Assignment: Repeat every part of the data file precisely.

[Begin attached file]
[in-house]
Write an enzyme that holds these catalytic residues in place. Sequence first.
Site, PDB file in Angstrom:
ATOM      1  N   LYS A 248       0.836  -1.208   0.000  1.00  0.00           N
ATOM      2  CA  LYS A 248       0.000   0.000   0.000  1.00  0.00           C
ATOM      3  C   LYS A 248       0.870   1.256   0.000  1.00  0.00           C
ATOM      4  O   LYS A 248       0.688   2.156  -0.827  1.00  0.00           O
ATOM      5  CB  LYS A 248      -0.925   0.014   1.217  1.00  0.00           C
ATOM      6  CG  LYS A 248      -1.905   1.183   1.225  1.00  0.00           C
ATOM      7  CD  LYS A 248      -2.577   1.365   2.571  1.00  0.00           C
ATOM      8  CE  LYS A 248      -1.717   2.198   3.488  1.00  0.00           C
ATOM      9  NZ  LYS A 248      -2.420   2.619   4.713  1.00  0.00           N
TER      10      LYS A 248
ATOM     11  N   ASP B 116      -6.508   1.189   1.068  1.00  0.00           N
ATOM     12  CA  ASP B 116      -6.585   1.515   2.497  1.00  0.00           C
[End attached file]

[in-house]
Write an enzyme that holds these catalytic residues in place. Sequence first.
Site, PDB file in Angstrom:
ATOM      1  N   LYS A 248       0.836  -1.208   0.000  1.00  0.00           N
ATOM      2  CA  LYS A 248       0.000   0.000   0.000  1.00  0.00           C
ATOM      3  C   LYS A 248       0.870   1.256   0.000  1.00  0.00           C
ATOM      4  O   LYS A 248       0.688   2.156  -0.827  1.00  0.00           O
ATOM      5  CB  LYS A 248      -0.925   0.014   1.217  1.00  0.00           C
ATOM      6  CG  LYS A 248      -1.905   1.183   1.225  1.00  0.00           C
ATOM      7  CD  LYS A 248      -2.577   1.365   2.571  1.00  0.00           C
ATOM      8  CE  LYS A 248      -1.717   2.198   3.488  1.00  0.00           C
ATOM      9  NZ  LYS A 248      -2.420   2.619   4.713  1.00  0.00           N
TER      10      LYS A 248
ATOM     11  N   ASP B 116      -6.508   1.189   1.068  1.00  0.00           N
ATOM     12  CA  ASP B 116      -6.585   1.515   2.497  1.00  0.00           C